— Written by Sachin Pillai —
Hello to everyone out there! This is Sachin here again with updates on your very own portable poker bluff detector. I ended my last blog post mentioning how I developed the capability to collect electrodermal activity during full rounds of poker. This has allowed me to amass a large dataset of subjects playing poker. I am now nearing the end of my data collection/analysis phase and am close to producing a functional bluff detection method.
The past three weeks have consisted of lots of dead-ends, retracing, and fine-tuning. My initial approach to classifying bluff from neutral signals was to use the raw images of the galvanic skin responses and feed these graphs into the neural network. Just by judging these samples with my eye, I was able to somewhat distinguish between samples that contained a bluff versus those that did not. Data samples representing these two scenarios are shown below.
Both images represent electrodermal activity during a live poker session. Each image contains the GSR (galvanic skin response) and pulse response five seconds after either the flop, river, or turn has been uncovered. The image on the left is data collected during a neutral trial where the player was not disadvantaged by the cards on the table and did not decide to bluff. The image on the right shows when a player made a conscious decision to bluff after seeing the cards on the table. The orange line (SBChannel1) is the galvanic skin response while the green line (SB Channel 2) represents the pulse rate.
As you might notice, I was collecting two streams of data: the galvanic skin response and pulse rate. However, my experience with analyzing data samples suggested that the GSR contained much more potent signals as opposed to the pulse rate. Thus, the remainder of my data analysis was conducted with only electrodermal activity.
A looming issue I was running into was that despite my own ability to discern a bluff from a neutral response just based on raw data, the Edge Impulse model was not. In fact, classification was so horrendous that I knew I needed to change my approach. Below is an image of my classification results.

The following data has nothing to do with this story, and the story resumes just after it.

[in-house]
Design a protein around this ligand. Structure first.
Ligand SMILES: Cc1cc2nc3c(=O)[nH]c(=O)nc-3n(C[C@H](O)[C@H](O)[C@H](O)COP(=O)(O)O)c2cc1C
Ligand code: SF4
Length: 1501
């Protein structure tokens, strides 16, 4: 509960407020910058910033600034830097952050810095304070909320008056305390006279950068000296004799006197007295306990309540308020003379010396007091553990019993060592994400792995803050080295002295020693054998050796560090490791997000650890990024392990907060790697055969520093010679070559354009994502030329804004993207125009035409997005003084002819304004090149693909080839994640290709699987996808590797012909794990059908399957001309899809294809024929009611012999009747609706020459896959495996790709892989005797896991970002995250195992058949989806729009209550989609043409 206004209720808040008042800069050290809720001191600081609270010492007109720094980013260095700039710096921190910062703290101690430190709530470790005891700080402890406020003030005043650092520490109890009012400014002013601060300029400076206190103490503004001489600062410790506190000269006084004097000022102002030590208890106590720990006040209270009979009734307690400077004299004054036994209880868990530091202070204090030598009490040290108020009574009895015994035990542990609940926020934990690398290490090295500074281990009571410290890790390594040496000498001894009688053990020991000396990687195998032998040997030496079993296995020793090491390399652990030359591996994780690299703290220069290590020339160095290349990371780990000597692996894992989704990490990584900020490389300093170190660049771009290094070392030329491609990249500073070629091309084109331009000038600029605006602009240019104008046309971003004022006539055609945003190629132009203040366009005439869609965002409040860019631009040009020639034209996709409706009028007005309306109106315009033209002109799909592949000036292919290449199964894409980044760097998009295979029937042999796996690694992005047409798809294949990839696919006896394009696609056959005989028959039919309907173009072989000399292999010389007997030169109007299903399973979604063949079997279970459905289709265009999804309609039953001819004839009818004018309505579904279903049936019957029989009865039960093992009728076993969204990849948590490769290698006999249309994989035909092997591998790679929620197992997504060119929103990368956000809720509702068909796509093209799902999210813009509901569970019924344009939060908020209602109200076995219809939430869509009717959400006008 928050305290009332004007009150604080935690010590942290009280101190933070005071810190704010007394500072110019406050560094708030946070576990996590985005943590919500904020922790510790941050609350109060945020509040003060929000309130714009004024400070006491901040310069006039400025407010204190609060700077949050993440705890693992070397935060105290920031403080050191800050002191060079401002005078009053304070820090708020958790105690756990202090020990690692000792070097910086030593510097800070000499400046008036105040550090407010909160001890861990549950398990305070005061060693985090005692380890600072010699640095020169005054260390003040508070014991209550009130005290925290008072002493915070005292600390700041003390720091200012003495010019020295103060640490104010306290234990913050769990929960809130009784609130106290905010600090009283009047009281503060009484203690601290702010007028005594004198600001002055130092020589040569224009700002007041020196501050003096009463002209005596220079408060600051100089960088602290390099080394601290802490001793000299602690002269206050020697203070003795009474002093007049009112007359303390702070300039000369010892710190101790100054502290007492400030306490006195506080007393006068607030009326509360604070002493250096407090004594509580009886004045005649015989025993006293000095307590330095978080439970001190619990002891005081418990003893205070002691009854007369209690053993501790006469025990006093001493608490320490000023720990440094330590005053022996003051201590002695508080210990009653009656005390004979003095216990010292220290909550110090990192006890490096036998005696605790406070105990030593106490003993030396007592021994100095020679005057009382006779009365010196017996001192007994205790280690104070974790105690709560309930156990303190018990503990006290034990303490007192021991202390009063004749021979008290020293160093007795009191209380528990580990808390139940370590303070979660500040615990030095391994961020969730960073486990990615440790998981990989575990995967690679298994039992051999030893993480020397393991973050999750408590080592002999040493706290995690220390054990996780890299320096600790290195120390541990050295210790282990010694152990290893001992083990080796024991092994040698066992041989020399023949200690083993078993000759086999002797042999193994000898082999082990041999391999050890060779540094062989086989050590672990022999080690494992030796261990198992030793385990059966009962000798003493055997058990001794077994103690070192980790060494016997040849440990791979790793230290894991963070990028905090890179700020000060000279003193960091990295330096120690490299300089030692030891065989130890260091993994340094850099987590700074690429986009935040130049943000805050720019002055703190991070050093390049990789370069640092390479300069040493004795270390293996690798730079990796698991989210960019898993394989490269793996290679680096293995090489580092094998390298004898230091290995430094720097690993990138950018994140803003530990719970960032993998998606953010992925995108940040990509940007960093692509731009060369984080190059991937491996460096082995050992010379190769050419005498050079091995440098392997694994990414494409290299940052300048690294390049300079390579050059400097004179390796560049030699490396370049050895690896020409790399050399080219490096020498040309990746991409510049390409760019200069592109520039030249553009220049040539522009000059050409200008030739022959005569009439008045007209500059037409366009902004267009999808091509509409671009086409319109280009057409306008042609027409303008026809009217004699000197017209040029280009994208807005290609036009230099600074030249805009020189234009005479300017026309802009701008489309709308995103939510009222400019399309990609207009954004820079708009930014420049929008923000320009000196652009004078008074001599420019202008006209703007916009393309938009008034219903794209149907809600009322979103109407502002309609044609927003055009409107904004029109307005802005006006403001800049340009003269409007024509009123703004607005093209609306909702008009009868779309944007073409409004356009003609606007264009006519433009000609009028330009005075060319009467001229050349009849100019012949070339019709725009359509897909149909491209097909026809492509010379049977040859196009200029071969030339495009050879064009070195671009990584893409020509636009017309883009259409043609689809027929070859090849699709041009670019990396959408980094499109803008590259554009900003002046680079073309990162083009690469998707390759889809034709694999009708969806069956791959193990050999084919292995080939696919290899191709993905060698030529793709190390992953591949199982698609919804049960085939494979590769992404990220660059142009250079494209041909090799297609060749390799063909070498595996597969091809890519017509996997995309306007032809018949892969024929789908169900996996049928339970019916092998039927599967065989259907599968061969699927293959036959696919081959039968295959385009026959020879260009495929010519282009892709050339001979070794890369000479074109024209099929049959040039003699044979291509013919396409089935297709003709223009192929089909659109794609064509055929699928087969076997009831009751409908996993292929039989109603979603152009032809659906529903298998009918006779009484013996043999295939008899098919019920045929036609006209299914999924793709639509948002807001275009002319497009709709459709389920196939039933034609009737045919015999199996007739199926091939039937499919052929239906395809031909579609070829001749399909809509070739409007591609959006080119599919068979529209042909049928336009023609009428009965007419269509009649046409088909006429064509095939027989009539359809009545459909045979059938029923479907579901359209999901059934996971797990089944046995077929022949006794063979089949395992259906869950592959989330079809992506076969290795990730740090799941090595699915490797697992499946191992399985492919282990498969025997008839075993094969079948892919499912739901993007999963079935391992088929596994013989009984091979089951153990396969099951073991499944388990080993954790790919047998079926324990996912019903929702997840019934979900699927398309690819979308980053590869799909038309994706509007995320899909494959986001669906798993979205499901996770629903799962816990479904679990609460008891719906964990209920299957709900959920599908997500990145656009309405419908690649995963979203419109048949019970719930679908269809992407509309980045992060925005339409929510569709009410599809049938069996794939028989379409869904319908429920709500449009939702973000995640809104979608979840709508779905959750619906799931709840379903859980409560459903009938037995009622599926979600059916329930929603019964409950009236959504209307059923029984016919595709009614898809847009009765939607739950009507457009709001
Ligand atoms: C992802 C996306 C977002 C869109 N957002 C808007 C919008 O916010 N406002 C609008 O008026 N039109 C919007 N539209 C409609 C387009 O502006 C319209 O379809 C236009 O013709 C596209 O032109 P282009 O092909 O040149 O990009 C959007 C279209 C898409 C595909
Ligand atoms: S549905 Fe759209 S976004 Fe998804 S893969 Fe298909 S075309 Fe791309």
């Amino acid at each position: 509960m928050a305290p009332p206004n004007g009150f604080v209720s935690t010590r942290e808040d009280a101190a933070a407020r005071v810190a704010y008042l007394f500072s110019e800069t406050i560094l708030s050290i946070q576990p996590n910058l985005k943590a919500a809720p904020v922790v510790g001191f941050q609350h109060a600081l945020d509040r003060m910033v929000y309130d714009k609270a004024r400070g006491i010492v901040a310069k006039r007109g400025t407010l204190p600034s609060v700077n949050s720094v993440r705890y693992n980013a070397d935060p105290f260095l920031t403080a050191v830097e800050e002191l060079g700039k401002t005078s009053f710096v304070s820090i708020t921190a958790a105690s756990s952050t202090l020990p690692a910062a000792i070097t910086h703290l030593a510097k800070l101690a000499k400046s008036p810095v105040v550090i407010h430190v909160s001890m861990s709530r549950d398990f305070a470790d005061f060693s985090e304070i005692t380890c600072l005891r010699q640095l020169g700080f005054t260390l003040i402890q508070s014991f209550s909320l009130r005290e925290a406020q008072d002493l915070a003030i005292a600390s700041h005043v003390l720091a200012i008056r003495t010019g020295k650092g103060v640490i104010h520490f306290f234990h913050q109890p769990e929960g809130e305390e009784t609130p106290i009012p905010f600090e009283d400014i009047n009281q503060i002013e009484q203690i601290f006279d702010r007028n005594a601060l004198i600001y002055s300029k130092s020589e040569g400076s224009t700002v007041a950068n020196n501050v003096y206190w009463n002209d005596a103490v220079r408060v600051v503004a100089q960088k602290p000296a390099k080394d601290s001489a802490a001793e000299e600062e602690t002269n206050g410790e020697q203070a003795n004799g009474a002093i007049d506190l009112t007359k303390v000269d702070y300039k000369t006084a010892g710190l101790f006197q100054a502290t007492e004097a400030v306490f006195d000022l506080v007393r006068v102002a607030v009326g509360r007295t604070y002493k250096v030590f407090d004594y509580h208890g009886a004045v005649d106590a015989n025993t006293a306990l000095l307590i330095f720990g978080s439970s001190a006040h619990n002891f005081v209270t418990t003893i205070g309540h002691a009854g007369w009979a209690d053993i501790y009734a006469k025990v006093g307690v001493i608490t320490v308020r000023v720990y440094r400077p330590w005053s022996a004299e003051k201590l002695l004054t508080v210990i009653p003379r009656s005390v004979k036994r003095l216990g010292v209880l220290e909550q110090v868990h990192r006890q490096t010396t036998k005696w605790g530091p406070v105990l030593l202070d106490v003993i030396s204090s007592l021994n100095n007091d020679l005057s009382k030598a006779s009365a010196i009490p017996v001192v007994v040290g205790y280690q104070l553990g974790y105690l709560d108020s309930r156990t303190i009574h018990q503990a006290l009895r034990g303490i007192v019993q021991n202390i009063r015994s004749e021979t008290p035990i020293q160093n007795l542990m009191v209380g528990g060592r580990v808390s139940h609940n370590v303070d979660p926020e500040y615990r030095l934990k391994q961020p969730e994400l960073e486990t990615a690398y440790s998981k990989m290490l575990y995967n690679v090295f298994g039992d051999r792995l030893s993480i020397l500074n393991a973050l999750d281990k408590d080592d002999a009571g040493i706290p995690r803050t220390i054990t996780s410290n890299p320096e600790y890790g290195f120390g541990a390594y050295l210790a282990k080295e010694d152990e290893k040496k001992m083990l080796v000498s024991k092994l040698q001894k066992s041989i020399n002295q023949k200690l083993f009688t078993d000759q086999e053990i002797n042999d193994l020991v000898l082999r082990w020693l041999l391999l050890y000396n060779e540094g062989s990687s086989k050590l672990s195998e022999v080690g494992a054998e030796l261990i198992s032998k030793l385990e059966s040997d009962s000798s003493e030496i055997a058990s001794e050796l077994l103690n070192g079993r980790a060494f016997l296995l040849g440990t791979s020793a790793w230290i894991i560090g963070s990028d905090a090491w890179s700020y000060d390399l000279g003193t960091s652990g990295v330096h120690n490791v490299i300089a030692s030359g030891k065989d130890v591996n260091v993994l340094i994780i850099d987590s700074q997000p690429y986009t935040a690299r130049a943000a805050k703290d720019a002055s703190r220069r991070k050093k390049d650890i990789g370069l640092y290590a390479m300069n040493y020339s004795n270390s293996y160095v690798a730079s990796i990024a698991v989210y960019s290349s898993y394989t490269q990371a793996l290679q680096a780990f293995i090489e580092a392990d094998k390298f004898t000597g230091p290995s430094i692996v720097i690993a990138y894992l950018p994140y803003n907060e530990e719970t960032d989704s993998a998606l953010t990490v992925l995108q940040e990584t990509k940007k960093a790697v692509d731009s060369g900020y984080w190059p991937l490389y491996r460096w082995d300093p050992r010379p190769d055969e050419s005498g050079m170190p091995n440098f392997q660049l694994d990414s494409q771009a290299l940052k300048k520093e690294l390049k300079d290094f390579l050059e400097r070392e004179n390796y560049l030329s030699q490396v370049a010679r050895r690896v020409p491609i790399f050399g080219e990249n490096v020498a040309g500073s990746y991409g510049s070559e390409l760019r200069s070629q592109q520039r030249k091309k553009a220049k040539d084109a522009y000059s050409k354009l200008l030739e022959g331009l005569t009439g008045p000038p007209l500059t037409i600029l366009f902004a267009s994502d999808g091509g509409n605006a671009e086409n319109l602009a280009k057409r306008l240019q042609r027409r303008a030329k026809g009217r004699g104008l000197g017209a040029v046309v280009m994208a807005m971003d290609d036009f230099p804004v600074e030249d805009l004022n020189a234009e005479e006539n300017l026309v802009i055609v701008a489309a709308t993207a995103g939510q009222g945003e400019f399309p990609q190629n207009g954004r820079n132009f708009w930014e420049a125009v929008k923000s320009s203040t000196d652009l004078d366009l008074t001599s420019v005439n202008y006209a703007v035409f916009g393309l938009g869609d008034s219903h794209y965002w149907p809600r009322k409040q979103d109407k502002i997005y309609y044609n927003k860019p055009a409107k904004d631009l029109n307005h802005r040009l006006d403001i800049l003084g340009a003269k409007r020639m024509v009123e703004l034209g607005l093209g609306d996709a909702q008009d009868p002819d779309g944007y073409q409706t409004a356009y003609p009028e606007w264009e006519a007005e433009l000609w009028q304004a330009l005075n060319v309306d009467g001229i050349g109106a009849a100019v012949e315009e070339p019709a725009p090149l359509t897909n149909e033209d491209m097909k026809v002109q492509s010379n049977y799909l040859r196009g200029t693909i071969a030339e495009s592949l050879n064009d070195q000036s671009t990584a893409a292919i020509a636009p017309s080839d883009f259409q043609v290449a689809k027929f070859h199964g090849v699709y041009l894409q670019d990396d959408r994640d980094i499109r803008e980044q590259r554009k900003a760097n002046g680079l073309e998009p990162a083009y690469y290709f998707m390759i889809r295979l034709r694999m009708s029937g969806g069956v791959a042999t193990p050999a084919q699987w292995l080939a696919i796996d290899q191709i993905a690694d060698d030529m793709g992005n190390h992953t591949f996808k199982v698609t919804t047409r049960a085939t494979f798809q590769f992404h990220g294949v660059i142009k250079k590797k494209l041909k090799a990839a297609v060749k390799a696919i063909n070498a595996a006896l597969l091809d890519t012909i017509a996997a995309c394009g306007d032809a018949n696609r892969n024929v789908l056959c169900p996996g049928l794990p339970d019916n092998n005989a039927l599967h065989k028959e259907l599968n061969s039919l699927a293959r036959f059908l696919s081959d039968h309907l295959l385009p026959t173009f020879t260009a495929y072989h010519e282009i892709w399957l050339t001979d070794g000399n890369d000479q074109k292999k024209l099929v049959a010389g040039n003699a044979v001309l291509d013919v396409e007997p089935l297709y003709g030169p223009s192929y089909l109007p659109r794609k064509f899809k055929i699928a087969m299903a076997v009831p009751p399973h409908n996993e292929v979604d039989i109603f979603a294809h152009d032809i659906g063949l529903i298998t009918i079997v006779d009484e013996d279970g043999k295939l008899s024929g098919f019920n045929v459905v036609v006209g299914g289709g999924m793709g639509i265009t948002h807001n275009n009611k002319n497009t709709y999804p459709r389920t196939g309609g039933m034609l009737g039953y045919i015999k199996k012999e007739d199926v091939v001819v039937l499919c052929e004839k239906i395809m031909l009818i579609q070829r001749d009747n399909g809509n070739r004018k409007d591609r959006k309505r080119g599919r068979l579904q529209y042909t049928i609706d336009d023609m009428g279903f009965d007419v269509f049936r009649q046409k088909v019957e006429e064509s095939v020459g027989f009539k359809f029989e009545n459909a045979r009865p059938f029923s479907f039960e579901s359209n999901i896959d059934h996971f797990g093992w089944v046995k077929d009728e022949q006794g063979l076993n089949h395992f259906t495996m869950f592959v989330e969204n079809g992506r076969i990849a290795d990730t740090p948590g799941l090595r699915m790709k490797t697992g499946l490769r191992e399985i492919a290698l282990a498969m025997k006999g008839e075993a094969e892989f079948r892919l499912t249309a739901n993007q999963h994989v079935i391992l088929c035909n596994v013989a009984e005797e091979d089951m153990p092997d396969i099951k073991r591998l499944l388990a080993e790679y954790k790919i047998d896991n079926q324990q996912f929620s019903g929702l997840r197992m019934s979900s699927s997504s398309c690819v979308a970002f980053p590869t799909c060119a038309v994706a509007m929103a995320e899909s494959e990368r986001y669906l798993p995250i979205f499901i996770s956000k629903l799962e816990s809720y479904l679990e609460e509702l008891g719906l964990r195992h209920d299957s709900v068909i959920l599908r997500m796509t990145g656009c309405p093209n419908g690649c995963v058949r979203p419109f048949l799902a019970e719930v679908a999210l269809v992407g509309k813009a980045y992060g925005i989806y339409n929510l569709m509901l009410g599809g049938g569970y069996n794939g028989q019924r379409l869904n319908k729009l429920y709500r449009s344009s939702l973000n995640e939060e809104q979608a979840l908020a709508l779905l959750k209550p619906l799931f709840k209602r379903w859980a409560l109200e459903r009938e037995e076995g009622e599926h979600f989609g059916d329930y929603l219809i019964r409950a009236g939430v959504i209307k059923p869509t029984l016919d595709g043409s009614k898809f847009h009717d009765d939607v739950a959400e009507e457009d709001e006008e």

Tough luck. However, this prompted me to move into more sophisticated data analysis techniques to see if there was any way I could see an unambiguous difference between bluff and neutral signals. This became my central goal over the past week.
Over time, I developed a data analysis pipeline that consisted of a 4 Hz high pass filter, downsampling, moving average calculation, and normalization. A high pass filter is a data processing technique that only allows signals of a certain frequency or higher to pass through. For my purposes, I chose to disregard signals below 4 Hz. Downsampling is a method of lowering the sample rate of data after it has been collected so that more data can be analyzed. Moving averages and normalizations were used so that I could validly compare between data values of bluffs and neutral responses.
The results from this series of data analysis techniques are displayed below. I’ve shown the average bluff and neutral galvanic skin responses between two different poker samplings. The green line is the average of the bluff response and the red line is the average of the neutral response.
This data has given me hope that I can, in fact, detect bluffs. As seen in the 4-5 Hz range, the red and green lines suddenly deviate away from each and only return together after the 6 Hz level. For reference, a 4-5 Hz signal indicates a wavelength of 200-250 milliseconds. I was very glad to see such a difference between bluffs and neutral responses but I wanted to better visualize this change. Below are some graphs that do just that. I’ve taken the difference between both lines at each frequency and plotted it below.
This difference plot between the green and red line shows exactly why I am so hopeful in my data. As expected, the greatest difference between the red and green lines is prevalent in the 4-5 Hz range. This signal is much more clear in these graphs, which is why I use it as visualization to show just how different the signals are from each other. Note that in the graphs, the x-axis scale is multiplied by a factor of 5 so the 4-5 Hz interval is actually represented between 20 to 25 Hz.
So I am confident we have found the needle in the haystack. However, to be completely sure of my hypothesis and for the sake of improving the accuracy of the neural network, I need to finish building an extremely large collection of data. This will be my goal for the remaining week and next week will hopefully end with the accomplishment of having a neural network that can detect between bluff and neutral responses better than chance.